Oct 9, 2011

On Writing: STORY STRUCTURE (Part 1)

After I learned about Story Structure everything fell into place for me.  Plotting novels has been so much more easier for me when I have the structure in mind. I’m glad that found out about it when I did otherwise many of my books would still be unfinished. Keeping your story’s structure in mind can make a HUGE difference in your writing. It’ll help you stay on course whether you’re an outlining type of person or not.

As an example I’ll be using HARRY POTTER AND THE SORCERER’S STONE (Part 1) and DIVEREGENT by Veronica Roth (Part 2).

What I use is a simple 8-Point Structure (made by Nigel Watts) but if you want to go into more detail you can. (Click here for more detailed structure. Scroll down to chart. )

The Eight Main Turning Points:

(Use this as a checklist as you’re writing)
1. Stasis

Introduces characters, everyday life, and problem. (Harry Living with the Dursleys)

2. Trigger

Add in a trigger that sparks off the story. (Harry getting picked up by Hagrid & finding out he’s a wizard)

3. The quest

The Trigger results in a quest. (Harry goes to the Wizarding World for the first time and enters Hogwarts, Finds out what really happened to his parents.)

4. Surprise

Surprise takes up the most part of the story. It’s basically the middles. It includes pleasant events, but more often means obstacles, complications, conflict and trouble for the protagonist. (Harry explores life in Hogwarts. Becomes friends with Ron and Hermione. Has skirmishes with Malfoy. Trouble with Professor Snape. Learns more about Voldemort.  Plays Quidditch. Learns more about his family).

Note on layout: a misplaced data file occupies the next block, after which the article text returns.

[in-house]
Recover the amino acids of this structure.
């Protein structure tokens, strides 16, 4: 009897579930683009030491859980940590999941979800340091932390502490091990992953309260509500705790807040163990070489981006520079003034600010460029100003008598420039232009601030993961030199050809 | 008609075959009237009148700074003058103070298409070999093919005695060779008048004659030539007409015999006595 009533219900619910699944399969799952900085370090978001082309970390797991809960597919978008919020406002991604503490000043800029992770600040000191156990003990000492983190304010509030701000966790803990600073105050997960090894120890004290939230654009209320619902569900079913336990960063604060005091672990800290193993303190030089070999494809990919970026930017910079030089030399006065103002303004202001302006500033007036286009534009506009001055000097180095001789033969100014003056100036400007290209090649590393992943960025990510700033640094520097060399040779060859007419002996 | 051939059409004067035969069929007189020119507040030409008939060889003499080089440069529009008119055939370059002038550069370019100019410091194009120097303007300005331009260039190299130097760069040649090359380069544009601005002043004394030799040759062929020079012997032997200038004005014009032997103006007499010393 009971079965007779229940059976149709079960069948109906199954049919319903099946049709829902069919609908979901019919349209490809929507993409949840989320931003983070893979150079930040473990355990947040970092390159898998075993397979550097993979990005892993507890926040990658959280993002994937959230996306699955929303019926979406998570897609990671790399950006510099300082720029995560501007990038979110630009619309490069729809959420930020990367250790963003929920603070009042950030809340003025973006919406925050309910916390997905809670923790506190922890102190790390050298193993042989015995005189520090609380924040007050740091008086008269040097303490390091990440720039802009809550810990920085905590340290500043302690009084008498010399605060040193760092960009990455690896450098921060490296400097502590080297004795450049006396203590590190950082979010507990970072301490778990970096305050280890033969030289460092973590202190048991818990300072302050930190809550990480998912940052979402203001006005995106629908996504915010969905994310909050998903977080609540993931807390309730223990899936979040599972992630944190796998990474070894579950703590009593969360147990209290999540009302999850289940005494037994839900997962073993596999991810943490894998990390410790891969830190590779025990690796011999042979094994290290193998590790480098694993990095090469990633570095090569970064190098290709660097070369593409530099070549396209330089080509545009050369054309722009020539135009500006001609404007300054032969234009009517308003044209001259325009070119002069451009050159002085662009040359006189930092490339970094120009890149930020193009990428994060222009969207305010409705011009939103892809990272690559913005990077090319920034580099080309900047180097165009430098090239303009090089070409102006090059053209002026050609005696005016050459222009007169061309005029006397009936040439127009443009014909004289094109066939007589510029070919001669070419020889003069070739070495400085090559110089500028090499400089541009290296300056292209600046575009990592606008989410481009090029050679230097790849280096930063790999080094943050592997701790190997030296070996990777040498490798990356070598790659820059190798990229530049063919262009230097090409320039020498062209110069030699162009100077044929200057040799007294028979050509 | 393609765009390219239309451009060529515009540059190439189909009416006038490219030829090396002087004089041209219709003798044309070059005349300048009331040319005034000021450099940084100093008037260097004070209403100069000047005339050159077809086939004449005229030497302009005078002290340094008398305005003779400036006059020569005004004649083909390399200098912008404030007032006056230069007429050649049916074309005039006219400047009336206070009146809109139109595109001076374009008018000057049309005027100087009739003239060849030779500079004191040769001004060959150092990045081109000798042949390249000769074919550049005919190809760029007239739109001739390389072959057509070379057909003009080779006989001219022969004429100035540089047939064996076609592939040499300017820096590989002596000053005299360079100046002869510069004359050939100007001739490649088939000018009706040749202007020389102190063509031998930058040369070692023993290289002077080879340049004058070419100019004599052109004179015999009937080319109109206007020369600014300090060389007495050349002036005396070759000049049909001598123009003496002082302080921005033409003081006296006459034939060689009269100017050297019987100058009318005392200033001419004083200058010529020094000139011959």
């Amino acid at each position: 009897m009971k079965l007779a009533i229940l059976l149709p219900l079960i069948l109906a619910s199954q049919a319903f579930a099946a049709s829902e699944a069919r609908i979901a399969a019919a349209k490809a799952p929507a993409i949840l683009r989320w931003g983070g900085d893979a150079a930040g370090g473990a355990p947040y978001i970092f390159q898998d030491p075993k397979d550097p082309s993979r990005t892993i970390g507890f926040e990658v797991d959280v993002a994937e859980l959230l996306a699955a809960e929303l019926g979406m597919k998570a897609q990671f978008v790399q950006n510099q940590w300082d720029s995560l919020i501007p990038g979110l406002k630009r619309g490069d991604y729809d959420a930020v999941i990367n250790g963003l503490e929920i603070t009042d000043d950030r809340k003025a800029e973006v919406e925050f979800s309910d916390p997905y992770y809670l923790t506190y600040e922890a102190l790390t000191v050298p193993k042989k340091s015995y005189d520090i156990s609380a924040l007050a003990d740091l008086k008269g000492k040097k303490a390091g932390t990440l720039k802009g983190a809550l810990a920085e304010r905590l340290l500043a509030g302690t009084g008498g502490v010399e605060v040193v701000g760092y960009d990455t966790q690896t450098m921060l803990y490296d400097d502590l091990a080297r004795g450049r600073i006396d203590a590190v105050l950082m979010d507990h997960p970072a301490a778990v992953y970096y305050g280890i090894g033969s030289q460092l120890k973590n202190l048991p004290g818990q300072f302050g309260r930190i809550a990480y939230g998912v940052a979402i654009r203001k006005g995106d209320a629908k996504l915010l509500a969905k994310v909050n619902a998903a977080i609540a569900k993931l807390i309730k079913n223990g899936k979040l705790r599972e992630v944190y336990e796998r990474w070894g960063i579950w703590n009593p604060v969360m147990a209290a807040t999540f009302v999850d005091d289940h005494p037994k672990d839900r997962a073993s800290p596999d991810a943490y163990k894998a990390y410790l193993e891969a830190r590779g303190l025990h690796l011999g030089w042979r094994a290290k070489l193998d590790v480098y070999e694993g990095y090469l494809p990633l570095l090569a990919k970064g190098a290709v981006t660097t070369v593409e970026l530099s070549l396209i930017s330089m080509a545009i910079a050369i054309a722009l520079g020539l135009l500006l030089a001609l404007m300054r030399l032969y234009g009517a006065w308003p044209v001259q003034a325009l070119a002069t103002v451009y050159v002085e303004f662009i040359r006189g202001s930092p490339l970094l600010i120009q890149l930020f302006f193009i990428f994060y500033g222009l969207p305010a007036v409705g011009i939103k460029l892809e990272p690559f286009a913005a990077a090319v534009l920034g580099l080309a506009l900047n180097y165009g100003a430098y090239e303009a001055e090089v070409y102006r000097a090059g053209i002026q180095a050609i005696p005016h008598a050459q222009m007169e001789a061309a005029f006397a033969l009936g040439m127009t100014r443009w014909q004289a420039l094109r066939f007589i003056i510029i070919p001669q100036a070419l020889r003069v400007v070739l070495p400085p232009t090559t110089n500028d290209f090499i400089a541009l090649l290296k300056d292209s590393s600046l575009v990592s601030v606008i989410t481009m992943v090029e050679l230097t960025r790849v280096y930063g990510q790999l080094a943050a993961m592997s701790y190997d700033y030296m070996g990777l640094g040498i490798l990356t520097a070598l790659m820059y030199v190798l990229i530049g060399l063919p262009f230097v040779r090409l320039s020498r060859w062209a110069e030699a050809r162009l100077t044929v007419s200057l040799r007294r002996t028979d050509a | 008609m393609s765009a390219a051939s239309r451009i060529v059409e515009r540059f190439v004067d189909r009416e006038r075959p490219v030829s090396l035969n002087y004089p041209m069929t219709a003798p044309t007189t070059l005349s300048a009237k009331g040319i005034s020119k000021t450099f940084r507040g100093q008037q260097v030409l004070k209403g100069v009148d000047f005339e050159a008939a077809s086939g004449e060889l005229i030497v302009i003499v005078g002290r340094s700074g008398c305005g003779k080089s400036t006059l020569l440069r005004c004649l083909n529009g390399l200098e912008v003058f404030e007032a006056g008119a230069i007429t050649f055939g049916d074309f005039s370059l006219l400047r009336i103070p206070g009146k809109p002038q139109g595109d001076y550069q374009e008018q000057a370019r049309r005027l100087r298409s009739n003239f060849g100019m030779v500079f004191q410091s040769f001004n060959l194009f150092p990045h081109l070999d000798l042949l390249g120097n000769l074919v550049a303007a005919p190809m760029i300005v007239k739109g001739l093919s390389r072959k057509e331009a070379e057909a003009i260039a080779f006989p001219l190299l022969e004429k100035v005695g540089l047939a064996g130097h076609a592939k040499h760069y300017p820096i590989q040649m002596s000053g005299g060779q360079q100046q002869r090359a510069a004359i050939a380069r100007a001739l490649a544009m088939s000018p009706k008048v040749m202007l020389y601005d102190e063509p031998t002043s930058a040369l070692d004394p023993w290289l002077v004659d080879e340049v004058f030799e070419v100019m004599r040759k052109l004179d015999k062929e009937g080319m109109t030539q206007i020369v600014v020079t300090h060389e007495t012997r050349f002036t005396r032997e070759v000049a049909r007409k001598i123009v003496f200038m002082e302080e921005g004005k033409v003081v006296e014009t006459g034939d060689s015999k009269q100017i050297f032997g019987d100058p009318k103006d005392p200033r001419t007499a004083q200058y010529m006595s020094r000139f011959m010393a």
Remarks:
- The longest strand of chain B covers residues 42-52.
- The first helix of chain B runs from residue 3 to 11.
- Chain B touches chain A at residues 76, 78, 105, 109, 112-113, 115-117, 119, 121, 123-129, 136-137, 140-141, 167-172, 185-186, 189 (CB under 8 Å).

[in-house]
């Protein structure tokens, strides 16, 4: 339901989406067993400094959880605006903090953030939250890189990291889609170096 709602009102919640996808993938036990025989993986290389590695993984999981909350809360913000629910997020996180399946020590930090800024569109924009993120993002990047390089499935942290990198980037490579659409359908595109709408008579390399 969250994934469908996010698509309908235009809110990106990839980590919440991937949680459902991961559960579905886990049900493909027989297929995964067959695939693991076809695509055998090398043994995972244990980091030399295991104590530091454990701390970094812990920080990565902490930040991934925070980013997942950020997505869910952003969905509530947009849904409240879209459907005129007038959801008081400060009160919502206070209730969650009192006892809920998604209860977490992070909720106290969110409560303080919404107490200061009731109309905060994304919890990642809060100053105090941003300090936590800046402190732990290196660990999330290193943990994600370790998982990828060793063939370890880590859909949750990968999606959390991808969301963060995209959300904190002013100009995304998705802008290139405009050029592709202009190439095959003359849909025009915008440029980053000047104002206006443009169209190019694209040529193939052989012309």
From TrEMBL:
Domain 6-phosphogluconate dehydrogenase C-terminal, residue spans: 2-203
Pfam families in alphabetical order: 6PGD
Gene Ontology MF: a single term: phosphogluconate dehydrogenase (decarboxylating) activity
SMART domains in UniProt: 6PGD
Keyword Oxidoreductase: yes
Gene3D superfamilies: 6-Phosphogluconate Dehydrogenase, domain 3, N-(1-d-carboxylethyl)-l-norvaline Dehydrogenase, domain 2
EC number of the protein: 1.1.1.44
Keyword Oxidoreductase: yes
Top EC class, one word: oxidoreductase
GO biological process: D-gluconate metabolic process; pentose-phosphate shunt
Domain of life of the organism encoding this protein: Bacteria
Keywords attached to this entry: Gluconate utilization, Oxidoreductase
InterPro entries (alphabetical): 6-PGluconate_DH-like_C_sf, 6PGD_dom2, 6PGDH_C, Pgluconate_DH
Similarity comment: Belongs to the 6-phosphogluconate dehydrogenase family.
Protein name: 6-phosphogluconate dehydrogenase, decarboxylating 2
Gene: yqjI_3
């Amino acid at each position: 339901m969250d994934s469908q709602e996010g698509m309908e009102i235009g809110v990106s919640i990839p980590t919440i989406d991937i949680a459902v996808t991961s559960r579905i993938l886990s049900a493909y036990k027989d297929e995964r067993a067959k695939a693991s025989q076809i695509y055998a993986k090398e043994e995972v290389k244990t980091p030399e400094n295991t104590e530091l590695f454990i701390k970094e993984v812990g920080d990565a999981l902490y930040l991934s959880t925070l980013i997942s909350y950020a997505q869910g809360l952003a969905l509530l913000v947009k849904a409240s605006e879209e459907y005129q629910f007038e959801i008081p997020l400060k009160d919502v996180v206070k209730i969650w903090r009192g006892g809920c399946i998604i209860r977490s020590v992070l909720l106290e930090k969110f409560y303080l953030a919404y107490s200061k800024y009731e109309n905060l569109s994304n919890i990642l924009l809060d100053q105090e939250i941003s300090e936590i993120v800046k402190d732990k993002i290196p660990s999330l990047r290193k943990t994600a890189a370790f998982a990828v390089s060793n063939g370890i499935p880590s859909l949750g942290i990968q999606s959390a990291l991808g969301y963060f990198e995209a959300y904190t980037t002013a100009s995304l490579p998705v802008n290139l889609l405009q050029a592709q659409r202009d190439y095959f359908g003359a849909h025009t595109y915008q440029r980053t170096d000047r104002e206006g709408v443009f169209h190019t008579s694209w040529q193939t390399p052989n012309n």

5. Critical choice

At some point the character makes a critical choice. It shows what kind of person your character is and determines what the real goal will be for the rest of the story. (Harry learns that Voldemort has been trying to steal the Sorcerer’s Stone. He decides that he must find the Stone before Voldemort does.)

6. Climax

In the climax basically everything possibly bad that can happen to your character does and he/she faces their worst struggle. The climax is the highest peak of tension in your story. Up until this point your character has been struggling to get better at something and this is the big test where he/she can show us what they can really do and who they really are as a person. Note that this portion is paced really quickly. (Harry finds the Sorcerer’s Stone before Voldemort does. He comes face to face with him through Quirrel, one of Harry’s teachers. But when he touches Harry the contact burns him. He dies. Harry is safe.)
7. Reversal

The reversal is the consequence of the critical choice and the climax, and it should change the status of the characters. (When Harry regains consciousness, he is in the hospital with Dumbledore. Dumbledore explains that he saved Harry from Quirrell just in time. He adds that he and Flamel have decided to destroy the stone.)

8. Resolution
The resolution is when things return back to normal and the main conflict is resolved. The characters should be changed, wiser and enlightened in some way due to the story’s events. You can always leave a few strings open though if you’re planning on continuing with a sequel. You might want to use a different central conflict this time around because the main conflict in the first book has to be resolved. (Harry heads down to the end-of-year banquet, where Slytherin is celebrating its seventh consecutive win of the house championship cup. Dumbledore gets up and awards many last-minute points to Gryffindor for the feats of Harry and his friends, winning the house cup for Gryffindor.)



  1. nice explanation. It really helps to see examples.

  2. Thanks! I find it really useful to see as well. The hard part is applying the structure to your work. It's hard to keep it in mind while you're writing. I find it a lot more helpful during the re-writting stage.


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